2. B.A.

    We had a decorator come in when we built the bookshelves in our Chesterfield house — and yes, she designed by color and shape. “More books,” she kept calling, and I’d run to the basement and unpack my father’s original set of Louisa May Alcott and his Treasure Island and the Frank L. Baum. It looked pretty — but I had to later do some rearranging of my own — to put the Charlie Baxters with the other Baxters (such pretty colors on his spines — they ended up dispersed!), the Holocaust with other Holocaust books, the fiction with other fiction, etc. I kind of destroyed the “art” of her design — but it was interesting. And now I know a bowl or basket can look good balanced on books that lie flat rather than stand upright!

  3. Debra

    HI everyone,
    I’ve used baskets, photographs and even a little ivory statue on top of a stack of books (all quote books except for The Bintel Brief which are quotes of a sort.) The way we organize our shelves is a window into how we look at life. Or at least our reading life. Thank you for your perspectives.

  4. Susan

    Thanks for a chance to look around and savor the books around me, which are most definitely not organized by color (or much of anything, for that matter). Poetry with biography, Talmud near cookbooks. I am blessed with an office full of bookshelves, whose contents tend to cluster in thematic groups… except when they don’t.

  5. Elissa Schwartz

    Debra, your post is quite poignant for me given that just last week I spent hours in my home library discarding function for form. As part of my home staging for listing my home for sale in a month, I cleared out about 75% of my books in order to display mostly hardcovers, especially those with colorful, eye-catching bookcovers. Never before have I stacked books in sections or displaced well-worn beloved books for baskets, paintings and a cork teapot and cups. Yes, the shelves will be noticed by prospective buyers and the image projected is that there are just so many shelves that one could never possibly own enough books to fill them, but I miss my books as they are hidden away in boxes. Given the length of time that it takes to sell houses in our area, I have a feeling that I will be missing those books much more a year from now.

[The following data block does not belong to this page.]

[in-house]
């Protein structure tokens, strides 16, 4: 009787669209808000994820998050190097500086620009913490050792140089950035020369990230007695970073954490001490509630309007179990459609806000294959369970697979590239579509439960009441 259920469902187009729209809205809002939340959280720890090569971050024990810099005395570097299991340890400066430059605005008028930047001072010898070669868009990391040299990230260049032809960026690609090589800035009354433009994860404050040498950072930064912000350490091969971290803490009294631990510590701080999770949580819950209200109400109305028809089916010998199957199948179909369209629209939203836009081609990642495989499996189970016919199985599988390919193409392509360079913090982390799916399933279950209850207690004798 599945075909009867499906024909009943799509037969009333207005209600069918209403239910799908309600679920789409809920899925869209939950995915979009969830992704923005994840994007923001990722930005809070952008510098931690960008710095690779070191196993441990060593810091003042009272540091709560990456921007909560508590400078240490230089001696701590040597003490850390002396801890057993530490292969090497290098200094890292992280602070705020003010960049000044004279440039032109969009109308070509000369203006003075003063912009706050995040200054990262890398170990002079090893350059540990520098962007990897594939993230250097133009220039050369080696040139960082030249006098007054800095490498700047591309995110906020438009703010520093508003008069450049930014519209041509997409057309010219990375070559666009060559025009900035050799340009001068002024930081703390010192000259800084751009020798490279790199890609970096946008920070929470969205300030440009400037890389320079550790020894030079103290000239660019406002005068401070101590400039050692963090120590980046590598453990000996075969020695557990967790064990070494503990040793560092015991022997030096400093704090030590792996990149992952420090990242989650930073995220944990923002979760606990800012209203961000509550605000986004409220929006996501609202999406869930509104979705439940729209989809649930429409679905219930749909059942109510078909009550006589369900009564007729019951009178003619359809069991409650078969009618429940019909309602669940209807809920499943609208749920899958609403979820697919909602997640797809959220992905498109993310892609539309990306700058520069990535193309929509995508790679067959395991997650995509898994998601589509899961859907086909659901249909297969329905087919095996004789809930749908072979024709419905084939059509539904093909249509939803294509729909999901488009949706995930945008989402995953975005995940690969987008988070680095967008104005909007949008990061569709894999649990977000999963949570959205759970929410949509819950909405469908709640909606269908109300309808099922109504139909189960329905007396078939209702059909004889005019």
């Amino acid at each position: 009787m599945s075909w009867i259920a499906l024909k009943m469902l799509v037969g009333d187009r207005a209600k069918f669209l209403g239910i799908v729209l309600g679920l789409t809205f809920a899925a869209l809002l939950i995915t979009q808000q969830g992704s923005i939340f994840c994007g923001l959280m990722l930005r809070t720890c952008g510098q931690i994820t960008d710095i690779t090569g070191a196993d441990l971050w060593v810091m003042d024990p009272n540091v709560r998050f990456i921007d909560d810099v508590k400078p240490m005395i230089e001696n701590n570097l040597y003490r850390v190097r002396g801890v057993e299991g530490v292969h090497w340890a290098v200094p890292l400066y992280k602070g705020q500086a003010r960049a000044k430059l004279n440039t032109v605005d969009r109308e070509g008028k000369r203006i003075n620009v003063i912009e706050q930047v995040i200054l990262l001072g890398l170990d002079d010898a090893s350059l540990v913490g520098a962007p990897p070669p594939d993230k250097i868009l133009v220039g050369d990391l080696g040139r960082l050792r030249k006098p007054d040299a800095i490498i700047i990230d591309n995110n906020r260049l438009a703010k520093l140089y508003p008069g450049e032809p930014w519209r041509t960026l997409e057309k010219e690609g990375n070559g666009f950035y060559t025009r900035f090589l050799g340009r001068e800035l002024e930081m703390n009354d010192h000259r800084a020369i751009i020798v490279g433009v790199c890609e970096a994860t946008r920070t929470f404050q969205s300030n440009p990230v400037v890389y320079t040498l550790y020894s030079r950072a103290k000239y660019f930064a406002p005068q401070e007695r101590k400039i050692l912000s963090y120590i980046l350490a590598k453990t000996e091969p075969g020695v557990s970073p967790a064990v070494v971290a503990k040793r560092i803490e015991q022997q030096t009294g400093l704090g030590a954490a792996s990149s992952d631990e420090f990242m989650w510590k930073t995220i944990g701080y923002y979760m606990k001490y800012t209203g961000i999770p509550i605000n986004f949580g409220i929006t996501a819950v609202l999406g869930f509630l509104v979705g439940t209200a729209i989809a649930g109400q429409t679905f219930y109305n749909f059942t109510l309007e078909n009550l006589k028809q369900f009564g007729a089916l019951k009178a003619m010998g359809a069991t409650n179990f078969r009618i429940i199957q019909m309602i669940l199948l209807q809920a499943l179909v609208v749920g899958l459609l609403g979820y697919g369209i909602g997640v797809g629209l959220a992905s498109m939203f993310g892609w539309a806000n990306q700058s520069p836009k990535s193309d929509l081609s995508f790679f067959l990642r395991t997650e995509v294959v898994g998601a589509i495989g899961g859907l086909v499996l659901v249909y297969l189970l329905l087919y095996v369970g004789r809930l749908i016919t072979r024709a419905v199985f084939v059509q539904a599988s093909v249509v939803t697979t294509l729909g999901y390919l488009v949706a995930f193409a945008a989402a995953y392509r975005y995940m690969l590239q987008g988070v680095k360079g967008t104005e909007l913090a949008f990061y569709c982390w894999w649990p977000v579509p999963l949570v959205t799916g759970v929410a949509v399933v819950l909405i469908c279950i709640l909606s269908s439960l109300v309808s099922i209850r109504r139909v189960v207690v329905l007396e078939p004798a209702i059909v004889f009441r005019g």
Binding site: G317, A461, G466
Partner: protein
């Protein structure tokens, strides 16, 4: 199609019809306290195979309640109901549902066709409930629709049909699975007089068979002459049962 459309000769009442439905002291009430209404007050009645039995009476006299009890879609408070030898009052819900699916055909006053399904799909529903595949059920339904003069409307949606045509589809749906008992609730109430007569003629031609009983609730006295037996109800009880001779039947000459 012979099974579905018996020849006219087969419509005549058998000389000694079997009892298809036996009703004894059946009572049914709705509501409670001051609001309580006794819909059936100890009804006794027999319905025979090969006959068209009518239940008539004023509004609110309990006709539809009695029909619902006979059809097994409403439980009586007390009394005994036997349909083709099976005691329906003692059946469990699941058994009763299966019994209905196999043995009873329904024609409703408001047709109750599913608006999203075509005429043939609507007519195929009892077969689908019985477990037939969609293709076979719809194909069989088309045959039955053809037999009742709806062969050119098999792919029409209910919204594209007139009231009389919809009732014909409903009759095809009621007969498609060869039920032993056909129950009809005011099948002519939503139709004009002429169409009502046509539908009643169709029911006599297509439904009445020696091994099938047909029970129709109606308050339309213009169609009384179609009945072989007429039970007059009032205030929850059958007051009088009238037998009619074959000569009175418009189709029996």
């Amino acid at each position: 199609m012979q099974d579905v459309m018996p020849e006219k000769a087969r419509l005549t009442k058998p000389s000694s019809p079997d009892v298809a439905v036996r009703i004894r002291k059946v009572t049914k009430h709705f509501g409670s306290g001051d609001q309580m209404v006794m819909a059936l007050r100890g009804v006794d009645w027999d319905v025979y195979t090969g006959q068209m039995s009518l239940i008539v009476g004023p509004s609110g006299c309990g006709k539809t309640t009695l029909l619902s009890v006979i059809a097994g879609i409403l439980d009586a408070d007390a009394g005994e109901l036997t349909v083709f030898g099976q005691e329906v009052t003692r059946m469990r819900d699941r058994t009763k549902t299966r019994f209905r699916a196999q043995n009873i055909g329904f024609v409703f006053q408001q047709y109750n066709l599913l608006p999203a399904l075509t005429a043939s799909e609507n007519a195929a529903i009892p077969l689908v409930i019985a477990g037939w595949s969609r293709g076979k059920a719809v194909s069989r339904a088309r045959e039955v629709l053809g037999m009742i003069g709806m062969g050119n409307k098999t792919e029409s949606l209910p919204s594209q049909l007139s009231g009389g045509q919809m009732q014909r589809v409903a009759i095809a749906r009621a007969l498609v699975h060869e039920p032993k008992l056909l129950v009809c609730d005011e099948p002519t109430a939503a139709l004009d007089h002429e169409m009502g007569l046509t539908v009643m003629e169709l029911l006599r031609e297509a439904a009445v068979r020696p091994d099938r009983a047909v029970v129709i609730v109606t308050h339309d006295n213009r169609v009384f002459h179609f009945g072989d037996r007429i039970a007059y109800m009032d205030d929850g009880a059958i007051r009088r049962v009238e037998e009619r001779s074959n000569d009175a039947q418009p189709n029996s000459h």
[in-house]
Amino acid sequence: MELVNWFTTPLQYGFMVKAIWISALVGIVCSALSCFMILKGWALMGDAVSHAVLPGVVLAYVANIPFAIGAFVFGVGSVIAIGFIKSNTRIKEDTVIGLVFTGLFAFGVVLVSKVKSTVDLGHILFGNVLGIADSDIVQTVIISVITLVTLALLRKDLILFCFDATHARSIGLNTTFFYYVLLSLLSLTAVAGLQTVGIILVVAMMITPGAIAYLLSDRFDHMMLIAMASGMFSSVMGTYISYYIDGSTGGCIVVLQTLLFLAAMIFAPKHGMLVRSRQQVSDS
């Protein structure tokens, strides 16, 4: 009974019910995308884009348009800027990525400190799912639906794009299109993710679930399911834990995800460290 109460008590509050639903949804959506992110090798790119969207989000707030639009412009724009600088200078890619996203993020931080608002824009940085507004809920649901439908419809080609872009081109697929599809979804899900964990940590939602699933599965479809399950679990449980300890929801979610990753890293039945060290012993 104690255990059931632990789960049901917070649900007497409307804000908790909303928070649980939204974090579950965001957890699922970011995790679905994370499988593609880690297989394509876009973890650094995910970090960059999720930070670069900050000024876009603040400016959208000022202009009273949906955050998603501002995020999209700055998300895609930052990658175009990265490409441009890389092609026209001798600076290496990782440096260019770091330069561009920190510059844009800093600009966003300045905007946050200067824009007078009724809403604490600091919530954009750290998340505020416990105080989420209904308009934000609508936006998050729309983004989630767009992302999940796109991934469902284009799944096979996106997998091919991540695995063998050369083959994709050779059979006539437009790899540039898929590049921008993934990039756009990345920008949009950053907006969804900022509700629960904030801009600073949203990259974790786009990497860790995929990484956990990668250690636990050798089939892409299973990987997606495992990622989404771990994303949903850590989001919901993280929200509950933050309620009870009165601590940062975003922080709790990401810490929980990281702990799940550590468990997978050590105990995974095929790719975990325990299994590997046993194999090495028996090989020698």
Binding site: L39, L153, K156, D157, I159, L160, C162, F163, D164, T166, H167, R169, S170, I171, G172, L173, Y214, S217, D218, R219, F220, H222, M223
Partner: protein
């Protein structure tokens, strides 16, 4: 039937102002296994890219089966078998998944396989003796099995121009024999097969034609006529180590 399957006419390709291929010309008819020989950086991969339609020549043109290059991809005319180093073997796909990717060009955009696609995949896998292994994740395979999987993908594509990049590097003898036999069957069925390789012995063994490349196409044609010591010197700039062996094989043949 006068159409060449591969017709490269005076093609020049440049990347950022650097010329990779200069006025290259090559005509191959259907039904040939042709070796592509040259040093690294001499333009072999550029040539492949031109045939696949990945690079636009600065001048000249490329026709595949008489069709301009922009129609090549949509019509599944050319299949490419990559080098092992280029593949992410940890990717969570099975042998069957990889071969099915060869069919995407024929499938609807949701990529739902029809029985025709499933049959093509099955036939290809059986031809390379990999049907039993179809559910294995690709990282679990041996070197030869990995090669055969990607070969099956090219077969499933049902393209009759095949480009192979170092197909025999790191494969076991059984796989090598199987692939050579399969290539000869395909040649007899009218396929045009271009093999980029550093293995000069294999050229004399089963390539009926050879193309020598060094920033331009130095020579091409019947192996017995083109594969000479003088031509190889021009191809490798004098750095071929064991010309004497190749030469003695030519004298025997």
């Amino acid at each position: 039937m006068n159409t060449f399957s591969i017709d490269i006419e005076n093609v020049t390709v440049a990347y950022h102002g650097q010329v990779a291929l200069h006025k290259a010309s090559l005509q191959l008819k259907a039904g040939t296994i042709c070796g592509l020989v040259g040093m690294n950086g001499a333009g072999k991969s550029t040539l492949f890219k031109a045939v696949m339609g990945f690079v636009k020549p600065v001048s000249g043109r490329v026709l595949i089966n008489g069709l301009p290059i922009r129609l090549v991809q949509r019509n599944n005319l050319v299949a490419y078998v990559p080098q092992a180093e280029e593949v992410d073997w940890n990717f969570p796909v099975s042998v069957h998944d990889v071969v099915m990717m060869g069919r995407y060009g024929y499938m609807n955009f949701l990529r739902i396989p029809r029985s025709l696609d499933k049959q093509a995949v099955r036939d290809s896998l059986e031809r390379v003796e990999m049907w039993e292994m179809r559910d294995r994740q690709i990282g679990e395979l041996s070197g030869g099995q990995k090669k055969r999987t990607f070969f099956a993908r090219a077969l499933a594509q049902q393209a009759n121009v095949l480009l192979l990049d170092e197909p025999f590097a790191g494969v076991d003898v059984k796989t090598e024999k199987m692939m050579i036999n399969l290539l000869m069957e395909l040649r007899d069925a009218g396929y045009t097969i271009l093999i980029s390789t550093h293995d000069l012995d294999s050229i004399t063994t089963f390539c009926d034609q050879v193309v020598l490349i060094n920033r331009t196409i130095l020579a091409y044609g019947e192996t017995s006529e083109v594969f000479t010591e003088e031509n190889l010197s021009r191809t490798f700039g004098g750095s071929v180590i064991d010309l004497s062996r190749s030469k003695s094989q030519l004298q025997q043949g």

6. brooklyn gary

    A timely question indeed, and therein lies a tale. Once upon a time this past August, we had an AC leak over the sitting room resulting in the ceiling needing full replacement. Our contractor advised no matter how hard he could huff and puff he would not be able to move any of or our book cases while they were full. So there we were having to move the couch, the desk and empty the 3 overly stuffed floor to ceiling book cases. We called upon the giant that roamed our land, our trusty Chevy Suburban, and pressed it into continuous service in fetching enough empty boxes, about 3 boxes per shelf, to store this particularly unwieldy amount of books. So for the better part of fall we organized our books by red, white, and rose within geographic location, California, France, Italy and Chile, with a special section reserved just for the sparkling books. As for sorting them back onto the shelves, by topic, by author, within size. And now they’re all living huddled close together side by side happily ever after. The End.